Erin Brockovich Meets With Camp Fire Victims about PG&E Lawsuit

CHICO -- With an admission of liability to the Security and Exchange Commission and $10 billion set aside for reparations, lawyers filing Camp Fire suits against PG&E say the company has already admitted guilt.

They just want the utility to start paying the people who have been hurt.

Erin Brockovich, a famous name that's battled PG&E and won, came to Chico to give hope to Camp Fire victims in their fight.

"I want them to know really how hard that was, how hard it is. It's not that I lost my house. It's not just that I lost my memories, " said Kaya Cox. "It was my entire way of life... every single moment of my life and how I did stuff and how my daughter did stuff... it is completely gone."

That's what Cox wants PG&E to understand five months after seeing the life she knew disappear in smoke and flames on Skyway Road in Paradise.

Poor management of utility's transmission lines is believed to be the cause of the Camp Fire - the November beast that raged through Butte County, evicting 33 members of Cox's family, thousands of others and taking 85 lives.

What parallels does Brockovich see between the Hinkley situation and the Camp Fire?

"The same company... the people, you know. They're left stunned and dazed and harmed, " she said.

Twenty-seven years after pressing Pacific Gas and Electric on water contamination, Kayla Cox and her daughter are two of the people Brockovich is trying make whole with coordinated lawsuits.

Those suits have been filed by a coalition of attorneys, led by the firm she works with Mauro, O'Neill Archer, LLC.

While Cox has signed onto the effort already, along with about 3,400 others, dozens more came out to an information meeting Brockovich helped led to see if suing will be a step they'll take in their recovery.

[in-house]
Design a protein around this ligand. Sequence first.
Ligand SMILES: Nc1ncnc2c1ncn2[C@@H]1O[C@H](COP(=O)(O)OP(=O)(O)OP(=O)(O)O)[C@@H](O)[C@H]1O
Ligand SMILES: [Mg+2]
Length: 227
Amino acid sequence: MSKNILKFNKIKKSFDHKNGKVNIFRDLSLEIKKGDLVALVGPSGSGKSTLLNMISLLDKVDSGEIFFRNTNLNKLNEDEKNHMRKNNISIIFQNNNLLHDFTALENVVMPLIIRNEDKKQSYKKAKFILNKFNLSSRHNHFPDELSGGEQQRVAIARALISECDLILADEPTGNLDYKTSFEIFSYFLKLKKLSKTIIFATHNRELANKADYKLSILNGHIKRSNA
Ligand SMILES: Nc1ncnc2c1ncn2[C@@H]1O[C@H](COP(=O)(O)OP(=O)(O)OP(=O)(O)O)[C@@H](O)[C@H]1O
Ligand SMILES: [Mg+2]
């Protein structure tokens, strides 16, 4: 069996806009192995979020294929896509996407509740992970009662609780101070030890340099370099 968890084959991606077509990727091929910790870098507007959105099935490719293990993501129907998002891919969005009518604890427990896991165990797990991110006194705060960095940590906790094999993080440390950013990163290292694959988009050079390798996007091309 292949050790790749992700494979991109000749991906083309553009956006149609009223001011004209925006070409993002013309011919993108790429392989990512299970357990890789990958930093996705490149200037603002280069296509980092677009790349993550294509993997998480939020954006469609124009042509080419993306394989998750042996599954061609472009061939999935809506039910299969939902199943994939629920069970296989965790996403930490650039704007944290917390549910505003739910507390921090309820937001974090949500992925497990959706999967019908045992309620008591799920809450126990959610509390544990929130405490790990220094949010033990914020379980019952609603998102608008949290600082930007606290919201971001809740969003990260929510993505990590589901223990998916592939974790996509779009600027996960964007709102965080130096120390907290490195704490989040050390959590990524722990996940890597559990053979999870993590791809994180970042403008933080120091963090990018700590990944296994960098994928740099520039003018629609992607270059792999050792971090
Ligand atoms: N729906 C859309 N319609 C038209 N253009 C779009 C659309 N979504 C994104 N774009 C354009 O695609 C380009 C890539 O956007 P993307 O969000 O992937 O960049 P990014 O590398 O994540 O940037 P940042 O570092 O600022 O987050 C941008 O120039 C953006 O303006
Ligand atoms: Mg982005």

"We've just gotta have some better parameters with this company... that has proven itself through no one's fault but their own that they're not running their company correctly," Brockovich said.

She'd like to see PG&E stop paying a billion dollars to its shareholders and instead pay those devastated by the Camp Fire.

One of the lawyers backing Brockovich and the suit isn't just focused on the legal wrangling.

After running for his life, Joe Earley hoped for four days that his home and business hadn't been consumed by the Camp Fire.

Then reality set in.

More than just monetary pain, he wants the suit to make PG&E realize the value of what he says the company stole from so many and to fix it for the future.

"Do your damn job... do your job," he said.

"For those considering signing on to a lawsuit against PG&E, the deadline will likely come in the fall as bankruptcy proceedings for the company move forward.

Erin Brockovich will be hosting another community meeting for Camp Fire victims Saturday from 10 a.m. until noon at the Palms Event Center in Chico.

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